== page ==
Draft Article 15(4) – initial reflections

The UN Tax Committee’s current proposals are at an early stage. If they do progress, we would anticipate the wording of Article 15(4) to iterate in the coming months. Furthermore, inclusion as a paragraph in the UN’s model tax convention does not automatically mean it will become a feature of all future tax treaties.  Nevertheless, the UN’s proposals are noteworthy and may lead to further developments in the cross-border taxation of remote workers as their thinking evolves. Our initial reflections on the current draft can be found below:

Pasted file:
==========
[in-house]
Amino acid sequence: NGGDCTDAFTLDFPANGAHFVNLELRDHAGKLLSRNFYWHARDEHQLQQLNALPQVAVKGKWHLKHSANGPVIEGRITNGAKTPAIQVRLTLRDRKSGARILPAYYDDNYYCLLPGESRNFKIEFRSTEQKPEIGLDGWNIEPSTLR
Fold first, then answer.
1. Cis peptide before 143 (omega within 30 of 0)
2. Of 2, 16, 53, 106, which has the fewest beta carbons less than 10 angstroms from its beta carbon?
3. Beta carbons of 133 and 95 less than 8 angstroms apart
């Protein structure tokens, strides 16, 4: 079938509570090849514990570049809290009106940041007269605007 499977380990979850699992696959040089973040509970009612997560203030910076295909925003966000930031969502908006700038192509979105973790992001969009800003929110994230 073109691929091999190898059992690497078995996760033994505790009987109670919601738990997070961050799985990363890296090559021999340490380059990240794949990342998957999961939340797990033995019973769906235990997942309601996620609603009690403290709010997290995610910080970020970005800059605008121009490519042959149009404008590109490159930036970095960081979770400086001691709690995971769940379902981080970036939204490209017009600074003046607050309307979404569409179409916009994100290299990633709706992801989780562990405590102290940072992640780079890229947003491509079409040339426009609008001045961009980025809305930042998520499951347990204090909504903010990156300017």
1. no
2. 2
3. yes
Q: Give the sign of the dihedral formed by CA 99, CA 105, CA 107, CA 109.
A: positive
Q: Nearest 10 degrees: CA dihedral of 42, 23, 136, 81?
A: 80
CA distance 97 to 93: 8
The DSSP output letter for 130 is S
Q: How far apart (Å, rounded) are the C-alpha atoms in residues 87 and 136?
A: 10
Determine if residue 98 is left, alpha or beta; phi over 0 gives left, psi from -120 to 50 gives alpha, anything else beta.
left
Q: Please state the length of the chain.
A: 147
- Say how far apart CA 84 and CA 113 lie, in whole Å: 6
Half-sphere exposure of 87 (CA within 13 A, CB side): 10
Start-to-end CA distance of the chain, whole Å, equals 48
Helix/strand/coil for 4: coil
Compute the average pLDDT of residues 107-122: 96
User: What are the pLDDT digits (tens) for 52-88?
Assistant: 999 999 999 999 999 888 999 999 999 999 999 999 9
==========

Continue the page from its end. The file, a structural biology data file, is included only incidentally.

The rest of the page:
Domestic taxing provisions

The UN’s proposal grants additional taxing rights to the State in which the employer is resident to the extent that the remuneration is paid by or on behalf of that employer, even if the employee concerned has never actually exercised their employment duties in that State. Non-resident employees are typically only taxed to the extent that employment duties are performed in a given country, so unless such countries alter their domestic legislation, draft Article 15(4) may have limited effect in practice. Of course, it is possible that countries may alter their domestic legislation to give broader scope to taxing non-residents, but that would run contrary to a general principle of residency-based taxation that a State does not tax individuals who have never performed employment duties in that location.

Winners and losers